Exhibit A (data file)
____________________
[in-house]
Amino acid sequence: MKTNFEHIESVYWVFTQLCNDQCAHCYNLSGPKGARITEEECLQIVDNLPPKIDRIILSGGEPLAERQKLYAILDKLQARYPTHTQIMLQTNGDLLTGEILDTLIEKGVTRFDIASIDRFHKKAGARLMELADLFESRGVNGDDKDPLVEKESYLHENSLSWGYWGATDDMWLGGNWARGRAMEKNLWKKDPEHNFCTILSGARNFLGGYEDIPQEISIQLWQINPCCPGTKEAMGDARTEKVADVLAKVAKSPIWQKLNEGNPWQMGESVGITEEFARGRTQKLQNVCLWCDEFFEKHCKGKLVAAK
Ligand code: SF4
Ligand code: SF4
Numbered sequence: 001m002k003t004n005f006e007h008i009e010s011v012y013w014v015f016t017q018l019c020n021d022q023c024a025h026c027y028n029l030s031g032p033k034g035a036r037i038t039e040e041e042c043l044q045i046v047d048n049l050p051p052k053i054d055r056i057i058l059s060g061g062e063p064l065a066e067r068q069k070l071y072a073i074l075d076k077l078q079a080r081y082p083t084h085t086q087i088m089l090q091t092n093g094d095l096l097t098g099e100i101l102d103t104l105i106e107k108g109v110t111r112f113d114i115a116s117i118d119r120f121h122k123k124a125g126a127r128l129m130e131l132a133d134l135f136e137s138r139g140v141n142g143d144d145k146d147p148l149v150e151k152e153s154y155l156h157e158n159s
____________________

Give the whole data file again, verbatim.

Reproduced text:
[in-house]
Amino acid sequence: MKTNFEHIESVYWVFTQLCNDQCAHCYNLSGPKGARITEEECLQIVDNLPPKIDRIILSGGEPLAERQKLYAILDKLQARYPTHTQIMLQTNGDLLTGEILDTLIEKGVTRFDIASIDRFHKKAGARLMELADLFESRGVNGDDKDPLVEKESYLHENSLSWGYWGATDDMWLGGNWARGRAMEKNLWKKDPEHNFCTILSGARNFLGGYEDIPQEISIQLWQINPCCPGTKEAMGDARTEKVADVLAKVAKSPIWQKLNEGNPWQMGESVGITEEFARGRTQKLQNVCLWCDEFFEKHCKGKLVAAK
Ligand code: SF4
Ligand code: SF4
Numbered sequence: 001m002k003t004n005f006e007h008i009e010s011v012y013w014v015f016t017q018l019c020n021d022q023c024a025h026c027y028n029l030s031g032p033k034g035a036r037i038t039e040e041e042c043l044q045i046v047d048n049l050p051p052k053i054d055r056i057i058l059s060g061g062e063p064l065a066e067r068q069k070l071y072a073i074l075d076k077l078q079a080r081y082p083t084h085t086q087i088m089l090q091t092n093g094d095l096l097t098g099e100i101l102d103t104l105i106e107k108g109v110t111r112f113d114i115a116s117i118d119r120f121h122k123k124a125g126a127r128l129m130e131l132a133d134l135f136e137s138r139g140v141n142g143d144d145k146d147p148l149v150e151k152e153s154y155l156h157e158n159s